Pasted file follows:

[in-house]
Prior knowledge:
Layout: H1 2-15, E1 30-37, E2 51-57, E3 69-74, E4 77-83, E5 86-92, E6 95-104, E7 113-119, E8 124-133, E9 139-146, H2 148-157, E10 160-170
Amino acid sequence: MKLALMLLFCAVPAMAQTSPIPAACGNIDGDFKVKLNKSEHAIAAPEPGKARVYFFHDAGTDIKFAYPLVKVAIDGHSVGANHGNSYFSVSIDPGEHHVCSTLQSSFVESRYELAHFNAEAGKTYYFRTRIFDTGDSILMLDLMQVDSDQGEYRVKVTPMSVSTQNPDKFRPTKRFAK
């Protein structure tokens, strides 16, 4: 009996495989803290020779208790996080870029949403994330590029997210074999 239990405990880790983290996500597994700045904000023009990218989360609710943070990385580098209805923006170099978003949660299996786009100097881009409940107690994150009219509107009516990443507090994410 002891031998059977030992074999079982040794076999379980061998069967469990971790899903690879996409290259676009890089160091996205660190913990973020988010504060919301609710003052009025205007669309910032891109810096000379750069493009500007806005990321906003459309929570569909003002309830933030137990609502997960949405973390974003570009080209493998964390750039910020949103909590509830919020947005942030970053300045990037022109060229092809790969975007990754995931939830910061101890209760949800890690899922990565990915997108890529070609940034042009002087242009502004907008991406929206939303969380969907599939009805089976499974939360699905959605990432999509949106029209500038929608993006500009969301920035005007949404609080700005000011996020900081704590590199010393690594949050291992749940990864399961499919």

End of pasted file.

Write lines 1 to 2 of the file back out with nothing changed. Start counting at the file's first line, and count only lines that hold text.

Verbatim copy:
[in-house]
Prior knowledge: